Saturday, December 06, 2003

The Toughest Indian in the World, by Sherman Alexie

The first thing you need to know about Sherman Alexie is that he's the best reader I've ever seen, bar none. If you have the chance to see him on a book tour or a speaking engagement, go. He could make a laugh riot out of the proverbial phone book. (And if you're not sure to what proverb I'm referring, ask a James Marsters fan.)

At its best, Alexie's fiction reflects his highly refined sense of the ridiculous and his love for people in tragicomic circumstances. This collection isn't across-the-board wonderful; at times things are a bit mundane for my taste, but then my taste is prejudiced towards the whacked-out and fantastic. (Which is perhaps ironic, since my least favorite story in this collection, "The Sin Eaters," is probably the most fantastic.) With titles like "Assimilation" and "Class," many of these stories are concerned with Native Americans of the middle class, and there's nothing wrong with that. The only problem is that red angst is just as dull as white angst. The best story here is probably "Dear John Wayne," which plays with the titular icon in fascinating and hilarious ways, and it's not as though there aren't other great stories here. But I have the fear that Sherman is going in a direction that may leave me behind in the not-too-distant future; either that, or I've just got some catching up to do.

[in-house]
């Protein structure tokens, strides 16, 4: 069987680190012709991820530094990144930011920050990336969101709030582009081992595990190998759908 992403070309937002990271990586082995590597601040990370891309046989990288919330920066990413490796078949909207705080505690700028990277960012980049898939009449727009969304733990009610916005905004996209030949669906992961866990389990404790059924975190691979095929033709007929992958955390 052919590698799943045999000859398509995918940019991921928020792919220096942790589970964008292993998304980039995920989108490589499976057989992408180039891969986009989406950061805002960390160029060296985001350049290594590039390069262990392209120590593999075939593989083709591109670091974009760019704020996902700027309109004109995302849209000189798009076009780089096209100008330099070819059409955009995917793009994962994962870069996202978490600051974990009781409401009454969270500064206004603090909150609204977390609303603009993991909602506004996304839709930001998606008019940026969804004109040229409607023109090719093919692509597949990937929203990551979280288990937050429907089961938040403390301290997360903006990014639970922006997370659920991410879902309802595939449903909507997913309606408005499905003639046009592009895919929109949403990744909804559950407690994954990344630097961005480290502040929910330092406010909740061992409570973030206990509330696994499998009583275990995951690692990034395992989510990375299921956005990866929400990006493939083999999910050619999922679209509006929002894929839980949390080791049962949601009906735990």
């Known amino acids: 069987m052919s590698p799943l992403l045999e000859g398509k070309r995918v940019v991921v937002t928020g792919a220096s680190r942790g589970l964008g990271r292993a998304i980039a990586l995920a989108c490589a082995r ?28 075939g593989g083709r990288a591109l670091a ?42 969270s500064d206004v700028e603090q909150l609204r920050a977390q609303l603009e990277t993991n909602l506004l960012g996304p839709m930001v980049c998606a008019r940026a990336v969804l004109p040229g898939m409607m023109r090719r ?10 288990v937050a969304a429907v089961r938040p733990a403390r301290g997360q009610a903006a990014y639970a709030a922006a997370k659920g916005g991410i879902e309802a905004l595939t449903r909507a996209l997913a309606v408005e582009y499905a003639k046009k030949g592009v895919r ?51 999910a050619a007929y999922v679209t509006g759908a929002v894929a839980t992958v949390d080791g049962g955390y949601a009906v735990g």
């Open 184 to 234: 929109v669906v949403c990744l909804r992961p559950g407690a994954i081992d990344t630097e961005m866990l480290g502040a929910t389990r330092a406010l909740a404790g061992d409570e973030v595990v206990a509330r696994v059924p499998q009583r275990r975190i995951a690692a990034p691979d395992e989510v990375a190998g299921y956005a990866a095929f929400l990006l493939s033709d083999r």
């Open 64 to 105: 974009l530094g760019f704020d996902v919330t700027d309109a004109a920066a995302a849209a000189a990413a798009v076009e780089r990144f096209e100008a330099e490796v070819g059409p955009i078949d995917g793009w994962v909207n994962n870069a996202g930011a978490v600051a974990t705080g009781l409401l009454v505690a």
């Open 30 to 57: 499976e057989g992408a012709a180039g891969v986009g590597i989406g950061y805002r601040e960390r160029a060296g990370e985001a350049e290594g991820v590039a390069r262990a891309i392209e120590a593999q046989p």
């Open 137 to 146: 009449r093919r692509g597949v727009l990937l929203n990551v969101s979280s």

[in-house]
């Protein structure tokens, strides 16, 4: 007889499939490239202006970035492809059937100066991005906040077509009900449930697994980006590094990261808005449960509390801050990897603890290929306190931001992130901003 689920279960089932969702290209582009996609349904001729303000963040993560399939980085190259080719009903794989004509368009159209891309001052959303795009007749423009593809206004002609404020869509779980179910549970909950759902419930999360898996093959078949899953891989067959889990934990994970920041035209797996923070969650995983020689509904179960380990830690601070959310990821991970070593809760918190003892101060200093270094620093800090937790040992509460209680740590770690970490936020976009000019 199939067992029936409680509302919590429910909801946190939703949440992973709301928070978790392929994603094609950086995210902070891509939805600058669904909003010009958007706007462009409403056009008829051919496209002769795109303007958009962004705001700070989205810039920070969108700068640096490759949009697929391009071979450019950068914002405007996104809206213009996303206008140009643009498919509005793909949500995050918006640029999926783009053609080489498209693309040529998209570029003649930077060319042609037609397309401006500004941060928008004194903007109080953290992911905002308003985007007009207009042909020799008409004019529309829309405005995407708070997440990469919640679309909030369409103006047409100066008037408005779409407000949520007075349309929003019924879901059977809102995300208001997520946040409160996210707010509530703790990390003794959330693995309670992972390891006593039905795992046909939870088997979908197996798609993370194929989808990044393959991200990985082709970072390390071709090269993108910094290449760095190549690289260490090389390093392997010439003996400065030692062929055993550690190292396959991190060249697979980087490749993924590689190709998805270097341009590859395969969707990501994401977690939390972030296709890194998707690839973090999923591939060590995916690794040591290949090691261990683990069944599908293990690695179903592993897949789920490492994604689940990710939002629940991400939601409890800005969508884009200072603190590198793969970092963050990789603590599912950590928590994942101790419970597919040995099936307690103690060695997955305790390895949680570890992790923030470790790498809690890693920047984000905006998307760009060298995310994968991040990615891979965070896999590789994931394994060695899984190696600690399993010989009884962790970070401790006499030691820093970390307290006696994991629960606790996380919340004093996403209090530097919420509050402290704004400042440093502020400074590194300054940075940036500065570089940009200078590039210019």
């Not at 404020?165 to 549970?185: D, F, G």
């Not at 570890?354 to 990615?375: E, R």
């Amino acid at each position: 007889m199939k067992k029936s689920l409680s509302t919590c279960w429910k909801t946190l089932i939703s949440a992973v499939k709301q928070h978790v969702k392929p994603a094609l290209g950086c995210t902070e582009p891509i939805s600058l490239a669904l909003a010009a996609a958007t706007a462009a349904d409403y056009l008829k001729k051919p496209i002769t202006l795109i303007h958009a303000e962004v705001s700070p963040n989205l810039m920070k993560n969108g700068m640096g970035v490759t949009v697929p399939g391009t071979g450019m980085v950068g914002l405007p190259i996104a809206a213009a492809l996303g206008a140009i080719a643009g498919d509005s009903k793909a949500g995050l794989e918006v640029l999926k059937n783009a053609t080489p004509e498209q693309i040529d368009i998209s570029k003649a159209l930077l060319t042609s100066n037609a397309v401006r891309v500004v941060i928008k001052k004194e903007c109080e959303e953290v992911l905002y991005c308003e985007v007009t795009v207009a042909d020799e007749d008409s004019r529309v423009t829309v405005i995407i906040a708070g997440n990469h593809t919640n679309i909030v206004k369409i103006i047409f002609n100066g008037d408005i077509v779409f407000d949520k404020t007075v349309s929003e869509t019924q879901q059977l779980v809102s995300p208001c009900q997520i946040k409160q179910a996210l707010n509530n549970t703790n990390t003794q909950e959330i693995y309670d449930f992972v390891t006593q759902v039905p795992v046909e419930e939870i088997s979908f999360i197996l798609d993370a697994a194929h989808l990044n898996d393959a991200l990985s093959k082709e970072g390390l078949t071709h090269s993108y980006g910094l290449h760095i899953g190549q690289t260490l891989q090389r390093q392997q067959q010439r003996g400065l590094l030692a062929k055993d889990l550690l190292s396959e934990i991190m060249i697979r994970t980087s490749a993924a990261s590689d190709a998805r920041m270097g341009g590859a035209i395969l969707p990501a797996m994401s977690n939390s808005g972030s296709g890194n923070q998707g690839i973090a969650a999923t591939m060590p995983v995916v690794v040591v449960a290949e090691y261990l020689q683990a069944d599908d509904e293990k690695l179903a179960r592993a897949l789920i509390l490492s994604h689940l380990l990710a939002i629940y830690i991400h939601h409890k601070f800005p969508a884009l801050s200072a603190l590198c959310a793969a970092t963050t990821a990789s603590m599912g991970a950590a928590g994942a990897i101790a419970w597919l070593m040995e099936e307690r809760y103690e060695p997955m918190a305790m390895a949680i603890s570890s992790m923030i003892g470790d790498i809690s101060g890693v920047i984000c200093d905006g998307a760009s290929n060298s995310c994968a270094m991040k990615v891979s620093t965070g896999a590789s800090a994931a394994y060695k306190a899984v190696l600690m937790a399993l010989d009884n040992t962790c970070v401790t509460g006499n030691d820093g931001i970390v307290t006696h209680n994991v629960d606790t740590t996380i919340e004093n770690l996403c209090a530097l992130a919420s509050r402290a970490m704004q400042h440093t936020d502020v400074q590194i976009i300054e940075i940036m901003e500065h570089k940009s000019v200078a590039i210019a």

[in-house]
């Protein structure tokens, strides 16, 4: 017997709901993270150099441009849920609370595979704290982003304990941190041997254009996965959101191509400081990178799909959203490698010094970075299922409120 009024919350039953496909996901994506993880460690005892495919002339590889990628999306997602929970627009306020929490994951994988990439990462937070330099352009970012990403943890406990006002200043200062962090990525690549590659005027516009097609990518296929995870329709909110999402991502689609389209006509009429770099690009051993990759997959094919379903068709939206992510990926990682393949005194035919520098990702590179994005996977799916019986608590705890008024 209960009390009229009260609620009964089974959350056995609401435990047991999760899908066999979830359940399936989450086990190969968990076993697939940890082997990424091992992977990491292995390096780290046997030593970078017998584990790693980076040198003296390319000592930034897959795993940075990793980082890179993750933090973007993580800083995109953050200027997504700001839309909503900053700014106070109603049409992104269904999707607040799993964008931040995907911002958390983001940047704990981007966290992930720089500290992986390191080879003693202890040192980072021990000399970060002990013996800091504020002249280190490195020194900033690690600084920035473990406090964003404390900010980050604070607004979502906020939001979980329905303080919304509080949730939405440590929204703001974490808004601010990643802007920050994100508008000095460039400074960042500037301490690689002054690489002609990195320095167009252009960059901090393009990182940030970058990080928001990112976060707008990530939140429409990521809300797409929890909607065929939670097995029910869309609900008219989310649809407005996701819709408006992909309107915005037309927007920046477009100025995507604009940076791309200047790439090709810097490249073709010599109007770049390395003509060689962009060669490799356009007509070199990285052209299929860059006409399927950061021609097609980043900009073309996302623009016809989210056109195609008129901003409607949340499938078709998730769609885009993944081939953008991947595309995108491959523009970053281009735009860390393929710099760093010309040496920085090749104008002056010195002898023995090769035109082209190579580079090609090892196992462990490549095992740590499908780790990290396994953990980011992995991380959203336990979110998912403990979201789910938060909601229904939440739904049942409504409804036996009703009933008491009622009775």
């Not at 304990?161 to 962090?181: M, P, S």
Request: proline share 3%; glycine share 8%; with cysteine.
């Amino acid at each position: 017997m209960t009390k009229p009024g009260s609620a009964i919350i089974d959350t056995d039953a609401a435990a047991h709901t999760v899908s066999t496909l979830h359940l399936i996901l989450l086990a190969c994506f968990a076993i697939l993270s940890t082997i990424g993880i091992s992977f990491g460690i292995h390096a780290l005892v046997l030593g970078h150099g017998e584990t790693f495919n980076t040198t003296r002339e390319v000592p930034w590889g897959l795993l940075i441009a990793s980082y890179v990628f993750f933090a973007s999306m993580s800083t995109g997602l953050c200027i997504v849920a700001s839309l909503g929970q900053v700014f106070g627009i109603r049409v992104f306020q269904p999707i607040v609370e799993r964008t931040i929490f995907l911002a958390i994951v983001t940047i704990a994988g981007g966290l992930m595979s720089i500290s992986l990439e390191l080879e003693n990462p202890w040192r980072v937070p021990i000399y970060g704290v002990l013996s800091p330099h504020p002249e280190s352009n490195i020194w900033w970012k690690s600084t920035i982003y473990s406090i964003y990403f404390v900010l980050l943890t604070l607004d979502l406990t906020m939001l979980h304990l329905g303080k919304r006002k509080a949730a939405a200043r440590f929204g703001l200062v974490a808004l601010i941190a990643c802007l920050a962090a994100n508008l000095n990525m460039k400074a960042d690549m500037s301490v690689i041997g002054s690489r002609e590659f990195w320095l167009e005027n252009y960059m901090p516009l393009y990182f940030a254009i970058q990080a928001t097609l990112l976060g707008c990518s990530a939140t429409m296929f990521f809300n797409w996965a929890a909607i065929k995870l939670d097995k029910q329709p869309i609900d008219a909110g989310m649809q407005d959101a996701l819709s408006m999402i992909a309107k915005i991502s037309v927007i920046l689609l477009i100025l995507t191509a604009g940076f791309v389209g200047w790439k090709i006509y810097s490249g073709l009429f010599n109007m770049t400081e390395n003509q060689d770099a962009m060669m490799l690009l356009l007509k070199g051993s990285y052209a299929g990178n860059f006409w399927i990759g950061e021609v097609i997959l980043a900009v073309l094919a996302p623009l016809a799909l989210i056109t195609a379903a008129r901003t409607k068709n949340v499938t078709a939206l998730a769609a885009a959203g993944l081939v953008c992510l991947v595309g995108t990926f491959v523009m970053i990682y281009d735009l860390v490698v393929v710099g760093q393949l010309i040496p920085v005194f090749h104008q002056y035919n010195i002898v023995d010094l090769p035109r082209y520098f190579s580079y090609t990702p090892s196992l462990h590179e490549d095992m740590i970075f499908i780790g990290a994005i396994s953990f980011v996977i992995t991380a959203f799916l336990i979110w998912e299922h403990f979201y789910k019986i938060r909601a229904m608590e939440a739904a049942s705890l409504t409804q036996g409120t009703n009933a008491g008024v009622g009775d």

Thursday, December 04, 2003

Mason & Dixon, by Thomas Pynchon

I know that some people think Pynchon is too much work, and if that's the way they feel it makes little sense for me to argue with them. It's true that about half the time he fails to construct a true overarching narrative in his novels, preferring instead to tell the tangential tales that take place through the course of the book. Which would be a problem if Pynchon's tangents weren't so damned interesting. Mechanical ducks, conspiratorial Jesuits, globe-trotting courtesans and evangelical farmers are among the digressions he takes while telling a story of Charles Mason and Jeremiah Dixon, the men who surveyed and plotted the eponymous line which was used to demarcate the boundaries of the slave trade in the United States. I say "a" story because this is not historical fiction; written in archaic English with a modern sensibility, Pynchon's narrative is both metaficional and metaphysical while never losing a romantic/pulp sensibility. It took a while for the 18th Century punctuation and capitalization to become friendly to the eye, and there were parts of the novel that I had to gloss over lest I glaze over with incomprehension. And though I've nothing against long books, I think this one could have used a gutsy editor to tell T.P. to cut about a hundred pages out of the front. But I'm glad I plowed through, because there are moments of giddy storytelling along the way here, of fantasy, satire and ridiculousness that still manage to ring true. If you don't like Pynchon, nothing I say will convince you to pick up one of his books, but if you're one of the uninitiated, you could do worse than to start with this one.